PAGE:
"Words alter, words add, words subtract. It was the strenuous avoidance of the word 'genocide' while some 800,000 Tutsis in Rwanda were being slaughtered, over a few weeks' time, by their Hutu neighbors 10 years ago that indicated the American government had no intention of doing anything. To refuse to call what took place in Abu Ghraib -- and what has taken place elsewhere in Iraq and in Afghanistan and at Guantanamo Bay -- by its true name, torture, is as outrageous as the refusal to call the Rwandan genocide a genocide."
Susan Sontag analyses the postcards from Abu Ghraib in detail:
"There is more and more recording of what people do, by themselves. At least or especially in America, Andy Warhol's ideal of filming real events in real time -- life isn't edited, why should its record be edited? -- has become a norm for countless Webcasts, in which people record their day, each in his or her own reality show...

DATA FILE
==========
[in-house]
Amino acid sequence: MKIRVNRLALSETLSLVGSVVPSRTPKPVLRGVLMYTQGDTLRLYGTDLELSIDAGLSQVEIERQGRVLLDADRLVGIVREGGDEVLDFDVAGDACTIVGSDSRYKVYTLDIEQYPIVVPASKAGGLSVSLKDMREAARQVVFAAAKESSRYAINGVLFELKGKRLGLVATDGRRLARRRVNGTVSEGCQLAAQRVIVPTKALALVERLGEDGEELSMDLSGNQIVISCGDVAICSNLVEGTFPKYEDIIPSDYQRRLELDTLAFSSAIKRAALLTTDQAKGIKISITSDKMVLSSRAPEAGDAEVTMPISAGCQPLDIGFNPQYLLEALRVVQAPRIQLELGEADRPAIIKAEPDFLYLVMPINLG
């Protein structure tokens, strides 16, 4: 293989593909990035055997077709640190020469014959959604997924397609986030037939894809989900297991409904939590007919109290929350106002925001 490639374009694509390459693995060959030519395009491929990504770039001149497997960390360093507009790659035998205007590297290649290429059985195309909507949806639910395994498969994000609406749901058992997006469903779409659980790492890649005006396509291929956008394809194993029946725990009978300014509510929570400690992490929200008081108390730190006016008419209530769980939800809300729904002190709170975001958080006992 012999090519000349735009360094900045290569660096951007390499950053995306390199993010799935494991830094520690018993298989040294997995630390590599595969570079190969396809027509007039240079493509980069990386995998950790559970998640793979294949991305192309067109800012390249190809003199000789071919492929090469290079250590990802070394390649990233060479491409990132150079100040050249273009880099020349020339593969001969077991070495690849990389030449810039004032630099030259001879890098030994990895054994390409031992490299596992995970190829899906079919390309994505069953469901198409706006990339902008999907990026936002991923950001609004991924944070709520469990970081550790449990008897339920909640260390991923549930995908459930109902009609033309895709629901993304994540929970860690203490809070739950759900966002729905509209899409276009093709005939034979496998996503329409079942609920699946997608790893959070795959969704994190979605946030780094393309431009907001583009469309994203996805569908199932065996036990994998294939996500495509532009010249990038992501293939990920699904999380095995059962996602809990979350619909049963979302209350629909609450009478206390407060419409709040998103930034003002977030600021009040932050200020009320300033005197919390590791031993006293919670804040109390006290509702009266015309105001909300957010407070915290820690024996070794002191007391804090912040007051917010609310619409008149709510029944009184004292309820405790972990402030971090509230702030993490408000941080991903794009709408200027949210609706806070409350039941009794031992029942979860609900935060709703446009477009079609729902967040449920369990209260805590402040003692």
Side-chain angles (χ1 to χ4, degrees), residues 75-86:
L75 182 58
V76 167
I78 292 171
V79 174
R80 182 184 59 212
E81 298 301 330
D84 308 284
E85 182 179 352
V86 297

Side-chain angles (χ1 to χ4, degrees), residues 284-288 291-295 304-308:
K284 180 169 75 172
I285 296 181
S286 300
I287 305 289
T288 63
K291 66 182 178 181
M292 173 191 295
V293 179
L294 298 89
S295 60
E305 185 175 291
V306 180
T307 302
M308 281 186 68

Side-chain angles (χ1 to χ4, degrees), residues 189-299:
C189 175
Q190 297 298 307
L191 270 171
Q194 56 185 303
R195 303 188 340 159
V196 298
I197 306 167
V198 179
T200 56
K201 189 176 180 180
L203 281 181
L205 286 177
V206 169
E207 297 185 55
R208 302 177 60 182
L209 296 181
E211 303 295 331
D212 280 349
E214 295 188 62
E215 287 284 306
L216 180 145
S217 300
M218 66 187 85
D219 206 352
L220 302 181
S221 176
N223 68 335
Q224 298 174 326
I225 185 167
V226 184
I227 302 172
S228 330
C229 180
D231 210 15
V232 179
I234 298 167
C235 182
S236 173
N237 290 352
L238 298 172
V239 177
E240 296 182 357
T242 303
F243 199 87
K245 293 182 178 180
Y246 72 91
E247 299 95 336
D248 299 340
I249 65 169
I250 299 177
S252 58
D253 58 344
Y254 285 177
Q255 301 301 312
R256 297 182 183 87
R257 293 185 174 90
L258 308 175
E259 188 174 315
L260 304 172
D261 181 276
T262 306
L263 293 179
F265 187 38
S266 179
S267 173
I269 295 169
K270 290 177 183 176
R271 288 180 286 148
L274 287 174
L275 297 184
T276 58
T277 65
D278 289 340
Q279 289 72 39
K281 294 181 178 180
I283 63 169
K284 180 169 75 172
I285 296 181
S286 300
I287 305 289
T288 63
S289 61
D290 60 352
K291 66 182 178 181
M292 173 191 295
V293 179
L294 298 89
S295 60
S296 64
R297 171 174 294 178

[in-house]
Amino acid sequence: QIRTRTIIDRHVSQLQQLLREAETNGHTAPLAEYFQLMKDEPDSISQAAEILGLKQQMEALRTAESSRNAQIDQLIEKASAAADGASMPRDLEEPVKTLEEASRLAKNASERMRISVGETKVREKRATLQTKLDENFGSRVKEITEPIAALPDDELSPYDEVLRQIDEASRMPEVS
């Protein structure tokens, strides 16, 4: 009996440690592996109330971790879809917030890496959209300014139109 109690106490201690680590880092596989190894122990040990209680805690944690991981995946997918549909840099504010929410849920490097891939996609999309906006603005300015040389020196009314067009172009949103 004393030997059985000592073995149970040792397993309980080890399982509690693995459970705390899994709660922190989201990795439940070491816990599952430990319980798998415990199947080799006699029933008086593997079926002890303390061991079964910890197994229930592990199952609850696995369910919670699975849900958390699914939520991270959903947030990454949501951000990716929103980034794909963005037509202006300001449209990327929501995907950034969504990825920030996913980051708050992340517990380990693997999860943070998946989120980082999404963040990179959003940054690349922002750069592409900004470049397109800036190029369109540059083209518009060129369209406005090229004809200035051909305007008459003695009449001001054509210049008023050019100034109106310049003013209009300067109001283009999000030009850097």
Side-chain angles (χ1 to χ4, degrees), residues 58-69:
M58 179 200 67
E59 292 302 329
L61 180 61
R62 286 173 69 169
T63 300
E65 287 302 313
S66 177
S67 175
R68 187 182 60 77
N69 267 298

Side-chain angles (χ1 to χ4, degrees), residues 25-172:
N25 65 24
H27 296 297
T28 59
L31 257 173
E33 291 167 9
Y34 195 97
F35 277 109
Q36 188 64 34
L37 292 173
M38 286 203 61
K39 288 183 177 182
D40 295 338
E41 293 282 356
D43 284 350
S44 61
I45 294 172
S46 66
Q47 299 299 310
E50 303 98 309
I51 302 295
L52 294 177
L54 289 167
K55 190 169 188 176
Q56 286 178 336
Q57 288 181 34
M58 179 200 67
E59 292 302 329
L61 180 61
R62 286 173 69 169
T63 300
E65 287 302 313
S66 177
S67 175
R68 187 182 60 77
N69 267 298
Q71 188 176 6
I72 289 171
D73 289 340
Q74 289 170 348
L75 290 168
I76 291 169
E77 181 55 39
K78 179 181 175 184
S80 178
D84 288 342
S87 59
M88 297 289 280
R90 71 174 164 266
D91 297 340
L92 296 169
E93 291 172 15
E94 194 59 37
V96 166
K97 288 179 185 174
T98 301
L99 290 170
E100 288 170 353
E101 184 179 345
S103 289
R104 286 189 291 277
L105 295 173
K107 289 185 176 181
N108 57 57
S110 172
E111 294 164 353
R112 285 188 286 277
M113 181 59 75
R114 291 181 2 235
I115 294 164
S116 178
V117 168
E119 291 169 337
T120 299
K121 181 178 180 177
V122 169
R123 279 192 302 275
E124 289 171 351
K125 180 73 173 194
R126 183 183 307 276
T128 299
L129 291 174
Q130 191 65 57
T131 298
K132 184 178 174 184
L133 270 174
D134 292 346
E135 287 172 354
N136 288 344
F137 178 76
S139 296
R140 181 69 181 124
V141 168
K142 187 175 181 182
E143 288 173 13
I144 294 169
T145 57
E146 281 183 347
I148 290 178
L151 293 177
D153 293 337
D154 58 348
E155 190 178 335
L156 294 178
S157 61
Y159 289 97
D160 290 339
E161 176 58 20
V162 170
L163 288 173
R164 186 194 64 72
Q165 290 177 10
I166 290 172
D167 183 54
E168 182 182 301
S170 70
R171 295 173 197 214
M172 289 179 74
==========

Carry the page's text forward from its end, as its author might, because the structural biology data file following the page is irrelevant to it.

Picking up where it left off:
An erotic life is, for more and more people, that which can be captured in digital photographs and on video. And perhaps the torture is more attractive, as something to record, when it has a sexual component. ... [Most] of the pictures seem part of a larger confluence of torture and pornography: a young woman leading a naked man around on a leash is classic dominatrix imagery. And you wonder how much of the sexual tortures inflicted on the inmates of Abu Ghraib was inspired by the vast repertory of pornographic imagery available on the Internet -- and which ordinary people, by sending out Webcasts of themselves, try to emulate."